The Greek verb for "taste" in Matthew 27:34 is geuomai, which can mean "to perceive the flavor of," suggesting that perhaps Jesus did not actually taste the mixture at all. In the haze of His agony, He may not have been aware of what the Roman soldier was holding up to Him until it reached His lips, and in that split-second, He recognized it for sour wine. In any case, a taste cannot be considered a drink.

Later, as His human life moved into its final moments, He was offered sour wine a second time: "Immediately one of them ran and took a sponge, filled it with sour wine and put it on a reed, and offered it to Him to drink" (Matthew 27:48; see also Mark 15:36; John 19:29-30).

These "drink offerings" of sour wine and gall perfectly fulfilled David's prophecy of Psalm 69:21: "They also gave me gall for my food, and for my thirst they gave me vinegar to drink."

Staff
Of Sponges and Spears


 

Matthew 27:34  (Go to this verse :: Verse pop-up)

These "drink offerings" of sour wine and gall perfectly fulfilled David's prophecy of Psalm 69:21: "They also gave me gall for my food, and for my thirst they gave me vinegar to drink."

But what was this "sour wine"? Easton's Bible Dictionary describes this drink in its article, "Gall":

The drink offered to our Lord was vinegar (made of light wine rendered acid, the common drink of Roman soldiers) "mingled with gall," or, according to Mark 15:23, "mingled with myrrh"; both expressions meaning the same thing, namely, that the vinegar was made bitter by the infusion of wormwood or some other bitter substance, usually given, according to a merciful custom, as an anodyne [pain reliever] to those who were crucified, to render them insensible to pain. Our Lord, knowing this, refuses to drink it. He would take nothing to cloud his faculties or blunt the pain of dying. He chooses to suffer every element of woe in the bitter cup of agony given him by the Father (John 18:11).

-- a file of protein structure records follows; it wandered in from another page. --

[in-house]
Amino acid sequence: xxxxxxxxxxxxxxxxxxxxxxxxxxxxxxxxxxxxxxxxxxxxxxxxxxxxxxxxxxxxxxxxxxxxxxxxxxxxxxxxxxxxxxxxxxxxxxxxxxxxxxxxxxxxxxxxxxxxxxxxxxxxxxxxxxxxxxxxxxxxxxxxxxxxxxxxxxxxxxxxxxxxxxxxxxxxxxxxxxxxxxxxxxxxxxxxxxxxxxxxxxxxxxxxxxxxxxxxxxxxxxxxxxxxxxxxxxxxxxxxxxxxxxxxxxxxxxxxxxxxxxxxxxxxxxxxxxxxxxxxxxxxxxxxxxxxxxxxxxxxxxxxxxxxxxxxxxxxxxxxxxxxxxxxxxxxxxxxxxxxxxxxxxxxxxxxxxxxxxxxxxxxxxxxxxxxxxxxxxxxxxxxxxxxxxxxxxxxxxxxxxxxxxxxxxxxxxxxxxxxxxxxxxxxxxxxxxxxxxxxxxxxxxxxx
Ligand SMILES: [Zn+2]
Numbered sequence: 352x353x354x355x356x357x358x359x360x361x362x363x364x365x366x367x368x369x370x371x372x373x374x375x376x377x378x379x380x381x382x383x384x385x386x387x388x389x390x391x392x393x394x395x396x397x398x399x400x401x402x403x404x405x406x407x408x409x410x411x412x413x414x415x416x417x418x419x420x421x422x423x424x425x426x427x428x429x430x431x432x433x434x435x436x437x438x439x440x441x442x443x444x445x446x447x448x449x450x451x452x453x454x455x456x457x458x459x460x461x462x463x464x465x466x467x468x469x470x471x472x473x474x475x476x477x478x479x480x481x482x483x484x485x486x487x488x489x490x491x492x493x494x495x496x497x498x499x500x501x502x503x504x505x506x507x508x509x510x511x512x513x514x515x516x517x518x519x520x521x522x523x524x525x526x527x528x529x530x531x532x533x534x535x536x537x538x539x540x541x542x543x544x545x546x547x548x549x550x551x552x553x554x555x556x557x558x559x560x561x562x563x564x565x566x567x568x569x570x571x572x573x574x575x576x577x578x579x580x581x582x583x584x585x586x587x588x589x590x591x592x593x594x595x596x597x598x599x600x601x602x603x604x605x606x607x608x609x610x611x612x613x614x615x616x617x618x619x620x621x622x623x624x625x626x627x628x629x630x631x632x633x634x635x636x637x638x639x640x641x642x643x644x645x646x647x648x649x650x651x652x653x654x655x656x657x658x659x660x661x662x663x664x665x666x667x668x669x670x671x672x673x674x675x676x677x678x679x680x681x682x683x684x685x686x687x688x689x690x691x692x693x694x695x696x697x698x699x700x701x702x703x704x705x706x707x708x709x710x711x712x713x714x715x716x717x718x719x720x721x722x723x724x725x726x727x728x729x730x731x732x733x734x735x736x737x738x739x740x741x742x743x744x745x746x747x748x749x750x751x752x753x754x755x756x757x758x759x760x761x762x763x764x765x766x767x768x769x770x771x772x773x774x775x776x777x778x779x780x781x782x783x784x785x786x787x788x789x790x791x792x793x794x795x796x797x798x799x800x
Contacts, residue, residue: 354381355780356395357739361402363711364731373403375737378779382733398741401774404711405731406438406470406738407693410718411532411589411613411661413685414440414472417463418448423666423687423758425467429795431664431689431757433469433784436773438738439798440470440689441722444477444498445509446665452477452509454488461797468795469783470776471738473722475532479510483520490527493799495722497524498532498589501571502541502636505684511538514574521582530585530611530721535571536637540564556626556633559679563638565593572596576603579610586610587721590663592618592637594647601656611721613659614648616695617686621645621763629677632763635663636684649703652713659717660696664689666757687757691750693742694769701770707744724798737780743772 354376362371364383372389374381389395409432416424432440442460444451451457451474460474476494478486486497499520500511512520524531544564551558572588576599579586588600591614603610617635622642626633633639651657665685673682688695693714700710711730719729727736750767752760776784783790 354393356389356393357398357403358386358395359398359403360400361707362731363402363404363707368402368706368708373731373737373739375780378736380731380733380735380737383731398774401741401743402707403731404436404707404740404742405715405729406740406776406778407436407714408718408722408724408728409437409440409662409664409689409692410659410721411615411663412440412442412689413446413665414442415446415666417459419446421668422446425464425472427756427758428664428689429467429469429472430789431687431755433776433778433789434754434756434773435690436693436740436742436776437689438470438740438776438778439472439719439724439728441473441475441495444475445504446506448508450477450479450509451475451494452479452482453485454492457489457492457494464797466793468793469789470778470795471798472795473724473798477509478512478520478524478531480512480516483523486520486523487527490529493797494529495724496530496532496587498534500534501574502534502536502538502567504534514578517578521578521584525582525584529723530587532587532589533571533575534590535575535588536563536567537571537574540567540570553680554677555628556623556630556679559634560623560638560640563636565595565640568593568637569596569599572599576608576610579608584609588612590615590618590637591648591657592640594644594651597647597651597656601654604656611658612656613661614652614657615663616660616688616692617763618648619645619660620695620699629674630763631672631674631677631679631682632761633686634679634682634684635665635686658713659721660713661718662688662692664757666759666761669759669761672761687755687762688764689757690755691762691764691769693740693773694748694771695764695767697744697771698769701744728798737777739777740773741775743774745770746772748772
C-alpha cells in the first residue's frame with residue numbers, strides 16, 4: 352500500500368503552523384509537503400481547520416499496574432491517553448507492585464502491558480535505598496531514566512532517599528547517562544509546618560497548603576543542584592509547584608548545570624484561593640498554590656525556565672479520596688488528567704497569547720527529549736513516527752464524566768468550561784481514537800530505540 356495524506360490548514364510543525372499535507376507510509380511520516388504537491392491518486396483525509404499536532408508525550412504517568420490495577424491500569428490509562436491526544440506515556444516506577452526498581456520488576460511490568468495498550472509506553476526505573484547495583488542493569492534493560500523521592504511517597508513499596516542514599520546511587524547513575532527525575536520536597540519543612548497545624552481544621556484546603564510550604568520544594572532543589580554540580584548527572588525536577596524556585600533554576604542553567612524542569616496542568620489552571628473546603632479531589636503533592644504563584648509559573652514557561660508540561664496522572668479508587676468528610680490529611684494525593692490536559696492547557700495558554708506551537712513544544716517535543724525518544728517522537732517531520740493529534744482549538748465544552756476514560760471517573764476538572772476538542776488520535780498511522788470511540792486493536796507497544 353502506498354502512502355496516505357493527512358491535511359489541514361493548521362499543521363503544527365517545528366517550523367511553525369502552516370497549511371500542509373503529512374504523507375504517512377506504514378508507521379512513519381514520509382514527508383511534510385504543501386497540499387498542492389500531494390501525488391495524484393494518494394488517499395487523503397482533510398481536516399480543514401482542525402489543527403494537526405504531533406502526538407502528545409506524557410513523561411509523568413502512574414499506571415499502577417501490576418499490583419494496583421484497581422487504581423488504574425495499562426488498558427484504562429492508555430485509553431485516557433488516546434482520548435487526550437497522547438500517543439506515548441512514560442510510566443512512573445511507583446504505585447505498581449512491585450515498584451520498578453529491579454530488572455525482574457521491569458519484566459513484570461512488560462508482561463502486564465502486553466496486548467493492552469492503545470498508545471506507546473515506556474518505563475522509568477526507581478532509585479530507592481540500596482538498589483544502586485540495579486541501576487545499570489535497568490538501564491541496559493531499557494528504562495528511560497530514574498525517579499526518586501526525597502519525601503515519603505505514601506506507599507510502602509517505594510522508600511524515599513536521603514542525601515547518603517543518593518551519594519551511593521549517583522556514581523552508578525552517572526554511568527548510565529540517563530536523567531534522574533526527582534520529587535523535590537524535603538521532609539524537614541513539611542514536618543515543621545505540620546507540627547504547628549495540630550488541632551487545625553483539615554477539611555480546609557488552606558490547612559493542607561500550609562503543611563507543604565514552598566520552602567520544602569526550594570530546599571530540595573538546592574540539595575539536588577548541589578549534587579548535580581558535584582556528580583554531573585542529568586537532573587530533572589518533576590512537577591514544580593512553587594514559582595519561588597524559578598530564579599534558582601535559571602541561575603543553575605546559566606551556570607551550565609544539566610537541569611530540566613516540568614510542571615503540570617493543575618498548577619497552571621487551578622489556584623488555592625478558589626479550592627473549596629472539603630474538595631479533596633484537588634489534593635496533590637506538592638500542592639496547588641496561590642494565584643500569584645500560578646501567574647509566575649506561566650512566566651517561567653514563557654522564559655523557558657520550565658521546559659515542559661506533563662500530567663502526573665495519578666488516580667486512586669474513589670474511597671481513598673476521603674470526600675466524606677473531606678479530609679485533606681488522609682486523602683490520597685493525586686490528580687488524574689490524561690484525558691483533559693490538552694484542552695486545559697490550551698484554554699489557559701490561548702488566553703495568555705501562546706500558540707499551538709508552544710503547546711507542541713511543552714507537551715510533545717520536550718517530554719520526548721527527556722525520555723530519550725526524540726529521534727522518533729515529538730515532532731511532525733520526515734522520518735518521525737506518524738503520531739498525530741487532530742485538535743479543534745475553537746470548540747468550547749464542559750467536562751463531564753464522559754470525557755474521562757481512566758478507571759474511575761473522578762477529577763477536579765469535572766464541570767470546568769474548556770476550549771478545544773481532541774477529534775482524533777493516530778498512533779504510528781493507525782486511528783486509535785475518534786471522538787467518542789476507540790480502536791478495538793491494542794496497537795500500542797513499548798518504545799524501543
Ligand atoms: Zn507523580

Other commentators opine that the gall—being a poison as well as a desensitizing drug—was meant to speed the death of the victim before the grisly effects of the crucifixion did. But surely it was not offered as, Easton suggests, for the comfort of the condemned! Rather, it was given for the soldiers' own ease and perhaps for the benefit of the pitiless Jewish leaders who wanted the three victims dead and disposed of before the beginning of the Feast of Unleavened Bread (John 19:31-33).

Luke's account implies that the soldiers' offers of sour wine to Jesus were part of their mockery of Him: "The soldiers also mocked Him, coming and offering Him sour wine" (Luke 23:36). It is not logical that these soldiers would mock Jesus, beat Him, spit on Him, jam a crown of thorns on His head, flog Him terribly, and then give a pain-relieving drink to Him as a "merciful custom"! Later, to speed their deaths, the soldiers would break the legs of the two men who were crucified on either side of Jesus and would cruelly stab Him with a spear. They would have broken Jesus' legs too, but they were prevented from doing so for the prophecies to be accurately fulfilled. Not much evidence of mercy here!

Staff
Of Sponges and Spears


 

Find more Bible verses about Drink Offering:
Drink Offering {Nave's}
Drink Offering {Torrey's}